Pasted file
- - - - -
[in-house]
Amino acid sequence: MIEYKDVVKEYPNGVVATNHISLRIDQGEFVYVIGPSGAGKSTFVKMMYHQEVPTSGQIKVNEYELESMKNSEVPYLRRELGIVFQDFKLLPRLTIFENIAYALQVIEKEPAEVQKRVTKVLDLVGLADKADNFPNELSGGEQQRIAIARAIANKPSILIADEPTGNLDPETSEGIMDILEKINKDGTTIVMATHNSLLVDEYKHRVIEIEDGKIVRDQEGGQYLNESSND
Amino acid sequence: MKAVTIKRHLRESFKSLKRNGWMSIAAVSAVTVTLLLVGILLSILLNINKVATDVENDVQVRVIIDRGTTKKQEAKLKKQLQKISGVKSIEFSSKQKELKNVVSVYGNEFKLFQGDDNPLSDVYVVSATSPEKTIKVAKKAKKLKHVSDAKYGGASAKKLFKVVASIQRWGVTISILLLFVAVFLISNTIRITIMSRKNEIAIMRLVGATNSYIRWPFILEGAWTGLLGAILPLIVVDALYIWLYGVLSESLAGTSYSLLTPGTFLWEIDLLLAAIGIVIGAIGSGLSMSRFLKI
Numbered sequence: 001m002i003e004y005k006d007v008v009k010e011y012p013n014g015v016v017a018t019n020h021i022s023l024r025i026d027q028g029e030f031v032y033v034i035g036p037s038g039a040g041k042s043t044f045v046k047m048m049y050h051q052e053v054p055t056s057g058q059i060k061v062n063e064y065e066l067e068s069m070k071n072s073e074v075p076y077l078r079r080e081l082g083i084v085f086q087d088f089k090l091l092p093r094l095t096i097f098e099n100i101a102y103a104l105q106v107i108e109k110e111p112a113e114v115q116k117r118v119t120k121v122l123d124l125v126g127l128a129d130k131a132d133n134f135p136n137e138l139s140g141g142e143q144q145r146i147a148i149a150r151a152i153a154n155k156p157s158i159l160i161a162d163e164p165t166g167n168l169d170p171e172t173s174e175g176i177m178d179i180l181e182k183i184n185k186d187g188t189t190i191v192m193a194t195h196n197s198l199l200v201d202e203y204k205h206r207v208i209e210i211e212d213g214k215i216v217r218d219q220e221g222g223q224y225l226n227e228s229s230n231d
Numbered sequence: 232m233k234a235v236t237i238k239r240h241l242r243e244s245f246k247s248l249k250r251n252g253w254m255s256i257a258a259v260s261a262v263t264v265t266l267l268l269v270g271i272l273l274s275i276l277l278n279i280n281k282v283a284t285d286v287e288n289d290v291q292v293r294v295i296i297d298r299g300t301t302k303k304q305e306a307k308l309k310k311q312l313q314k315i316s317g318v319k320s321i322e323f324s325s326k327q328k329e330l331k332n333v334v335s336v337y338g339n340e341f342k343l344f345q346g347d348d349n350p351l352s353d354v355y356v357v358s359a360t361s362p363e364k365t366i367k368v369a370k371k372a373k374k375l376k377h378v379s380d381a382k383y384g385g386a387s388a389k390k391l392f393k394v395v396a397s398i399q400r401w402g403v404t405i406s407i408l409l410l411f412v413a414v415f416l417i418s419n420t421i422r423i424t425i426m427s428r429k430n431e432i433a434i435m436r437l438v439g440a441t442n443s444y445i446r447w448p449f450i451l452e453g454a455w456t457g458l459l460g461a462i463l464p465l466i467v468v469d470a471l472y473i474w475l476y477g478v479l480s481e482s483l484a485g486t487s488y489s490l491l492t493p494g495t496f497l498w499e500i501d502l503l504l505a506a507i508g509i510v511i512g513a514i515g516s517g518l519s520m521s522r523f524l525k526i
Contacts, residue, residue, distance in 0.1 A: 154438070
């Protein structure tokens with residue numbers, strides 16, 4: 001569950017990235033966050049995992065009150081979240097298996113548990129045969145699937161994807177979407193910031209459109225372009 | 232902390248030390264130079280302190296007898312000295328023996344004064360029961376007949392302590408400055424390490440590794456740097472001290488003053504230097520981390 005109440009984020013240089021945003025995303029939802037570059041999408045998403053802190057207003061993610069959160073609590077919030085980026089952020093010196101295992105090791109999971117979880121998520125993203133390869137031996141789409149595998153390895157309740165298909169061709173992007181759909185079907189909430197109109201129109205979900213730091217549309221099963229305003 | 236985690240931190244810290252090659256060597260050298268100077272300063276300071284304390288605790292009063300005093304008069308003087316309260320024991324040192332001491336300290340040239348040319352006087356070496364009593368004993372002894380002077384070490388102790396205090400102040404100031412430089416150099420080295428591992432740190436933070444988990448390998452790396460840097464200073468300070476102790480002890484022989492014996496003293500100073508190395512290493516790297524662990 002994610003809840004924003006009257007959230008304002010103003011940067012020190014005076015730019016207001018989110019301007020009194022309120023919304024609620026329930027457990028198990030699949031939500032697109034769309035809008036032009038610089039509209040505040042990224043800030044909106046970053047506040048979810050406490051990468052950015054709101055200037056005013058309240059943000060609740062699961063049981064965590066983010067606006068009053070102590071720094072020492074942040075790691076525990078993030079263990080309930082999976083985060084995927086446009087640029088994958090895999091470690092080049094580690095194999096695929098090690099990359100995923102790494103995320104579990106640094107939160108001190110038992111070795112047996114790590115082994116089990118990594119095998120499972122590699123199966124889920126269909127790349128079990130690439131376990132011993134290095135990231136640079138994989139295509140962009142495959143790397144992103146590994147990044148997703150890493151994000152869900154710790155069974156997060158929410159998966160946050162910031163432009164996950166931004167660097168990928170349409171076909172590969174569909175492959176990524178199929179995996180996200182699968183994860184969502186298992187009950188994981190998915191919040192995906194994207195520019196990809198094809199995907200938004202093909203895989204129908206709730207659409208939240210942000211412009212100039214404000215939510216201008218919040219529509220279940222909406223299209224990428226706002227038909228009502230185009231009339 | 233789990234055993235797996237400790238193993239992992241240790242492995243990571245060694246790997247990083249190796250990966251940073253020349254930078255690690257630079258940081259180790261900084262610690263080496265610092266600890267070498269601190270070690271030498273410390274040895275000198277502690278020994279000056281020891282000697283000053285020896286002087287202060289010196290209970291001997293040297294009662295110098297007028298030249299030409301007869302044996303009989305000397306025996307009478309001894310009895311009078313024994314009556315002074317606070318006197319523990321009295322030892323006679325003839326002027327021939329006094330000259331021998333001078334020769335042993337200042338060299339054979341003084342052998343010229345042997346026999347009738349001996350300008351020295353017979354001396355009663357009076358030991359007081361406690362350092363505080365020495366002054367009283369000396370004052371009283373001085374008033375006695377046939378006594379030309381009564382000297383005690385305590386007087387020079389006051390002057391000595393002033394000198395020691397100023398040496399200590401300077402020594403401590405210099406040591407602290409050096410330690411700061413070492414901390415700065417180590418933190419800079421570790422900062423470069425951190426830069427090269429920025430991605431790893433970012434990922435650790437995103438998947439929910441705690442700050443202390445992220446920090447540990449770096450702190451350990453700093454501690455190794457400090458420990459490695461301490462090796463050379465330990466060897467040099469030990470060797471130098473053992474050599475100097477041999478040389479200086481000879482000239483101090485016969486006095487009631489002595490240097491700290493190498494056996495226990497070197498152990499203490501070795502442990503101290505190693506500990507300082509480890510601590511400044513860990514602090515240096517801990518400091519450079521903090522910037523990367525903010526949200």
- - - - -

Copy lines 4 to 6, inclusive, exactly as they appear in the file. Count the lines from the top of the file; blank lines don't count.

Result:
Numbered sequence: 001m002i003e004y005k006d007v008v009k010e011y012p013n014g015v016v017a018t019n020h021i022s023l024r025i026d027q028g029e030f031v032y033v034i035g036p037s038g039a040g041k042s043t044f045v046k047m048m049y050h051q052e053v054p055t056s057g058q059i060k061v062n063e064y065e066l067e068s069m070k071n072s073e074v075p076y077l078r079r080e081l082g083i084v085f086q087d088f089k090l091l092p093r094l095t096i097f098e099n100i101a102y103a104l105q106v107i108e109k110e111p112a113e114v115q116k117r118v119t120k121v122l123d124l125v126g127l128a129d130k131a132d133n134f135p136n137e138l139s140g141g142e143q144q145r146i147a148i149a150r151a152i153a154n155k156p157s158i159l160i161a162d163e164p165t166g167n168l169d170p171e172t173s174e175g176i177m178d179i180l181e182k183i184n185k186d187g188t189t190i191v192m193a194t195h196n197s198l199l200v201d202e203y204k205h206r207v208i209e210i211e212d213g214k215i216v217r218d219q220e221g222g223q224y225l226n227e228s229s230n231d
Numbered sequence: 232m233k234a235v236t237i238k239r240h241l242r243e244s245f246k247s248l249k250r251n252g253w254m255s256i257a258a259v260s261a262v263t264v265t266l267l268l269v270g271i272l273l274s275i276l277l278n279i280n281k282v283a284t285d286v287e288n289d290v291q292v293r294v295i296i297d298r299g300t301t302k303k304q305e306a307k308l309k310k311q312l313q314k315i316s317g318v319k320s321i322e323f324s325s326k327q328k329e330l331k332n333v334v335s336v337y338g339n340e341f342k343l344f345q346g347d348d349n350p351l352s353d354v355y356v357v358s359a360t361s362p363e364k365t366i367k368v369a370k371k372a373k374k375l376k377h378v379s380d381a382k383y384g385g386a387s388a389k390k391l392f393k394v395v396a397s398i399q400r401w402g403v404t405i406s407i408l409l410l411f412v413a414v415f416l417i418s419n420t421i422r423i424t425i426m427s428r429k430n431e432i433a434i435m436r437l438v439g440a441t442n443s444y445i446r447w448p449f450i451l452e453g454a455w456t457g458l459l460g461a462i463l464p465l466i467v468v469d470a471l472y473i474w475l476y477g478v479l480s481e482s483l484a485g486t487s488y489s490l491l492t493p494g495t496f497l498w499e500i501d502l503l504l505a506a507i508g509i510v511i512g513a514i515g516s517g518l519s520m521s522r523f524l525k526i
Contacts, residue, residue, distance in 0.1 A: 154438070